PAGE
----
To analyze if the saccadic movement strategy is as widespread underwater as it is in the aerial habitat, we studied the movement pattern of another aquatic animal, the common cuttlefish (Sepia officinalis), which has a completely different movement pattern and lifestyle than seals. Furthermore, their last common ancestors are the bilaterians, which lived ≈500 Mio years ago. Cuttlefish are benthic cephalopods which have well-developed eyes and good vision (Budelmann, 1995; Hanlon and Messenger, 1996). Their eyes are very mobile and show optokinetic responses as a response to moving stimuli (Collewijn, 1970; Messenger, 1970), and eye movements seem to precede and compensate body movements during rotations (Messenger, 1968; Collewijn, 1970).
Cuttlefish actively prey upon fish or crustaceans which they capture by ejecting their extensible tentacles or by jumping on and enveloping the item with all arms, called arm attack (Sanders and Young, 1940; Wilson, 1946; Messenger, 1968; Nixon and Dilly, 1977; Duval et al., 1984). The latter occurs mainly with slow moving prey. Their attacks on prey are predominantly visually-driven with an attention, positioning, and seizure phase (Sanders and Young, 1940; Messenger, 1968, 1977; Chichery and Chichery, 1988). During an attack, cuttlefish seem to estimate the distance to the prey item as (1) they either retreat from or approach the object, (2) they modify the ocular convergence depending on the distance to the prey object (Messenger, 1968), (3) unilaterally blinded animals or animals in which the optic commissure and the basal lobes are divided are less accurate in seizing prey in comparison to normal sighted animals (Messenger, 1977), and (4) they seem to possess size constancy (Messenger, 1977). Cuttlefish might gain distance and depth information by accommodation as a change in refractive state was observed just before the cuttlefish attacked the prey item (Schaeffel et al., 1999), by the W-shaped pupil being a monocular in-or-out-of-focus detector (Schaeffel et al., 1999; Mäthger et al., 2013) or by using texture density gradients (Josef et al., 2014). Another mechanism that would allow for visual distance estimation in a feeding and non-feeding context, as outlined above, is translational optic flow. As a first approach to analyze if optic flow perception is used in cuttlefish to measure distances, we recorded the movement pattern of a small group of six cuttlefish to analyze if cuttlefish move their bodies saccadically in line with the saccadic movement strategy documented for other animals.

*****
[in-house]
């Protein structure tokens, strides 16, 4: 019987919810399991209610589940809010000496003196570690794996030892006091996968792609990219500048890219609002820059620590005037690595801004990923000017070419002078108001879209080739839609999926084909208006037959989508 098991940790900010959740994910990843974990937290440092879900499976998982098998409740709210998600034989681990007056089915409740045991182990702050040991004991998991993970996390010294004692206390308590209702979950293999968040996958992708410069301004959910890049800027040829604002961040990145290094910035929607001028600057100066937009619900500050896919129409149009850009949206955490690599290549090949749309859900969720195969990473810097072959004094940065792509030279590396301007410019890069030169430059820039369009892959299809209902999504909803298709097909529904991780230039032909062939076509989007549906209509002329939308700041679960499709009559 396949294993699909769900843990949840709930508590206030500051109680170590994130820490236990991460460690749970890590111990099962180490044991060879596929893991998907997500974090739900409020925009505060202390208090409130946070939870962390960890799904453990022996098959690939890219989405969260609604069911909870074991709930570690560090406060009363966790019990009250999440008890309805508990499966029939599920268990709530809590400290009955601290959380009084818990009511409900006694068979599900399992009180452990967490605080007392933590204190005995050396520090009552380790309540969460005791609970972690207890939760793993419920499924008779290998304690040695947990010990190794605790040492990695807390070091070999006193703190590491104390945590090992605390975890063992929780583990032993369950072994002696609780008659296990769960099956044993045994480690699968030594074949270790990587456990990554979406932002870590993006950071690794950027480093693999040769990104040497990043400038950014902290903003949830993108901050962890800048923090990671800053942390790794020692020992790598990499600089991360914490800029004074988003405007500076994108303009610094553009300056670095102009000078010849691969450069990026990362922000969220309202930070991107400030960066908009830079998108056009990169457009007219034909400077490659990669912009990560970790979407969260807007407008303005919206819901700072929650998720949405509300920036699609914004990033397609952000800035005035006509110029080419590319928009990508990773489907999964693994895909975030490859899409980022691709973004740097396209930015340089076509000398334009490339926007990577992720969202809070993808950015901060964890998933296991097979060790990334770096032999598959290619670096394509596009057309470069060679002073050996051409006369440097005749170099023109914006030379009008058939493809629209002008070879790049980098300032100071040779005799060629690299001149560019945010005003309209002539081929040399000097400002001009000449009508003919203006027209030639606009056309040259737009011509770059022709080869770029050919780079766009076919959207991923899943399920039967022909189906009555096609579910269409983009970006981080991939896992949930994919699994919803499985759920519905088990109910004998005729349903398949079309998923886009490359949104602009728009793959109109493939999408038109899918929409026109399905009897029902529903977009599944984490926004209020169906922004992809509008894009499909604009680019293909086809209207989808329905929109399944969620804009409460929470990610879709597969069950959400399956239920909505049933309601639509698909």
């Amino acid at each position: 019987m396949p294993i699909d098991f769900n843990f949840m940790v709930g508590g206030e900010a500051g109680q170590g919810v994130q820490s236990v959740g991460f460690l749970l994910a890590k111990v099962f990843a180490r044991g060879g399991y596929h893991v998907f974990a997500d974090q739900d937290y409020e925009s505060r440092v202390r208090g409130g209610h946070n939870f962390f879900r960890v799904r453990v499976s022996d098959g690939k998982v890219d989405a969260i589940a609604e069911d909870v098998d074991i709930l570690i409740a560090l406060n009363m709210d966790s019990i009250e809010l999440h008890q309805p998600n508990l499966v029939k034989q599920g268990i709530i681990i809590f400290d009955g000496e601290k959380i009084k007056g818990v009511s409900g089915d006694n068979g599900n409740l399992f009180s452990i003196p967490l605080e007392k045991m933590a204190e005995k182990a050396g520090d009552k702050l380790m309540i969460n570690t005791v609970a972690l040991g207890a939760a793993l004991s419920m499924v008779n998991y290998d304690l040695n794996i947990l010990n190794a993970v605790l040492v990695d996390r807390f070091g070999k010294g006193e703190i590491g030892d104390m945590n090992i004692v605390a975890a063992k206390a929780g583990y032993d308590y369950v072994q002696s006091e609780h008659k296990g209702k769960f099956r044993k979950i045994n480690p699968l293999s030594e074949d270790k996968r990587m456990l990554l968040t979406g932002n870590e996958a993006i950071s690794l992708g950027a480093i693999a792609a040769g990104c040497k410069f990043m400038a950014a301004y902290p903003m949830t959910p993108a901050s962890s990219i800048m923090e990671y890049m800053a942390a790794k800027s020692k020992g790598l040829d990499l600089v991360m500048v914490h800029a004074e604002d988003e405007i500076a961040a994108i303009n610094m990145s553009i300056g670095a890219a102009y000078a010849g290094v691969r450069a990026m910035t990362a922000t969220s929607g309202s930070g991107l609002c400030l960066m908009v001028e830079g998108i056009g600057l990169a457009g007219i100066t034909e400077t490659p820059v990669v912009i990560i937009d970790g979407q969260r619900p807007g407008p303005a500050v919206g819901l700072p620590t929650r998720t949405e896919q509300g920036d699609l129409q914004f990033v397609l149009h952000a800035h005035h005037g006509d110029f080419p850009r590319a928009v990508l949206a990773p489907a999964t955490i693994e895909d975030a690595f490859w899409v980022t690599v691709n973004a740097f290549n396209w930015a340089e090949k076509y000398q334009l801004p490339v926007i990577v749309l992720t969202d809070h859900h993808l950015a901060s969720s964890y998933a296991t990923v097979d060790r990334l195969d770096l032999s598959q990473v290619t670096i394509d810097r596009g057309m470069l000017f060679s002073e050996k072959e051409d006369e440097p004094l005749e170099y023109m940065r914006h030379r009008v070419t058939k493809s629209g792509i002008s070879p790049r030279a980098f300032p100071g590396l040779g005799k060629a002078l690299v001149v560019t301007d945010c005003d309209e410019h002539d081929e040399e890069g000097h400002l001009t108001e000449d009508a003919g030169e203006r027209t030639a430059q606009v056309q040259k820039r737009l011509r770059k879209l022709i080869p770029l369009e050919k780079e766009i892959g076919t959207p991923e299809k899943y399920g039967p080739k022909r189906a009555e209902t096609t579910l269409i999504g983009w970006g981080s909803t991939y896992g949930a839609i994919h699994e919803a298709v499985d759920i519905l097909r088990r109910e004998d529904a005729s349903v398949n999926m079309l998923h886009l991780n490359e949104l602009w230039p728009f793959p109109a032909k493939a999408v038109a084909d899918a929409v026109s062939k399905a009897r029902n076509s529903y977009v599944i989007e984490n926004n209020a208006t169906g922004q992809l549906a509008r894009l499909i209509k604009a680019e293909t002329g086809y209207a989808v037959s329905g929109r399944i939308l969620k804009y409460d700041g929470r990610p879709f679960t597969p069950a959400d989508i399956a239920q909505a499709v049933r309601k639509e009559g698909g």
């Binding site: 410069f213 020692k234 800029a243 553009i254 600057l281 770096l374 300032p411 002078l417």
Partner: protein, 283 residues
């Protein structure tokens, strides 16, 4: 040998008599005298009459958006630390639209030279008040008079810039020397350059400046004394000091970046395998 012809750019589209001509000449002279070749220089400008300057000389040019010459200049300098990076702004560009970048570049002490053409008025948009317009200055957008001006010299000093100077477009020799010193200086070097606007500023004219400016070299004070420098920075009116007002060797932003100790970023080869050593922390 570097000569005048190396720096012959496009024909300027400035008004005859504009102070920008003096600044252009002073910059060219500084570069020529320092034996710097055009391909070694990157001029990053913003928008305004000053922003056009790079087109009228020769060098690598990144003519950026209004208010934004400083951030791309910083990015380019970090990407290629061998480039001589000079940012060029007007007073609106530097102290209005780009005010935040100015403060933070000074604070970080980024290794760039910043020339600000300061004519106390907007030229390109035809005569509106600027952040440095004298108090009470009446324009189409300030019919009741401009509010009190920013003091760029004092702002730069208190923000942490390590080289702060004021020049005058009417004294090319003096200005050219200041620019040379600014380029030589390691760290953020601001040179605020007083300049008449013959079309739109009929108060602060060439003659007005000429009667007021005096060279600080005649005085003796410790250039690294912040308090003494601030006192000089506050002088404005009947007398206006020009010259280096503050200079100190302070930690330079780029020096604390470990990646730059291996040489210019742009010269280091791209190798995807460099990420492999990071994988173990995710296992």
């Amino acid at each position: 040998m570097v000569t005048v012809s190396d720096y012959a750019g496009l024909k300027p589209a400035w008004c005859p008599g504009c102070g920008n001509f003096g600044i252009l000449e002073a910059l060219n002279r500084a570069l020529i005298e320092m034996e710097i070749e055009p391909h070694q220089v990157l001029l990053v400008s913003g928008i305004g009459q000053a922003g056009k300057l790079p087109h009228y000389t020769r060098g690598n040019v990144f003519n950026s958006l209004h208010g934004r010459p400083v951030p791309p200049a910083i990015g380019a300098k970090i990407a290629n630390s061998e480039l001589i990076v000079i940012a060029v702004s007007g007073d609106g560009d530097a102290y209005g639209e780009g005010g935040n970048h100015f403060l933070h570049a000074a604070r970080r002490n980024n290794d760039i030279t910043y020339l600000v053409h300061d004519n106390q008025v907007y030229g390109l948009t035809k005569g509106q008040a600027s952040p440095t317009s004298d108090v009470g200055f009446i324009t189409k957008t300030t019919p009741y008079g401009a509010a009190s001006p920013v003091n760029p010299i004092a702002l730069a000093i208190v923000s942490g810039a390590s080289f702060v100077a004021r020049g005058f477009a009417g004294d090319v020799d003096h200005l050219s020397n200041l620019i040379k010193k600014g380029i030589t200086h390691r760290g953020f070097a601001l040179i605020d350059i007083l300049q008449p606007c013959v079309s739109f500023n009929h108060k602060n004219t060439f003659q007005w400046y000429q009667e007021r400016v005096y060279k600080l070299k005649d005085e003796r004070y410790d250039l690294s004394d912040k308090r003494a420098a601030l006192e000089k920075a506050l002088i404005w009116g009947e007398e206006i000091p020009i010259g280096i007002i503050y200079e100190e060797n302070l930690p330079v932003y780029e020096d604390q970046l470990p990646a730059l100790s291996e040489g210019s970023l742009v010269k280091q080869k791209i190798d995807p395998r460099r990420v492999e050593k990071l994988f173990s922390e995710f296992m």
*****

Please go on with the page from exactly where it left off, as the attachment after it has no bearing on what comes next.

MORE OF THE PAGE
Materials and Methods
The experiment was conducted with six cuttlefish (S. officinalis) individuals at the Marine Science Center, Rostock, Germany. The cuttlefish hatched in captivity in January 2015 at the Max-Planck-Institute for Brain Research, Frankfurt, Germany, and were thus half a year old when their movement pattern was recorded. The animals were kept in accordance with current maintenance protocols for cephalopods (Andrews et al., 2013; Smith et al., 2013; Fiorito et al., 2014, 2015) in line with the Directive 2010/63/EU. Approval (6712GH00113) was given by local authorities (Staatliches Amt für Umwelt und Natur Rostock) according to §42 of the German law on nature protection.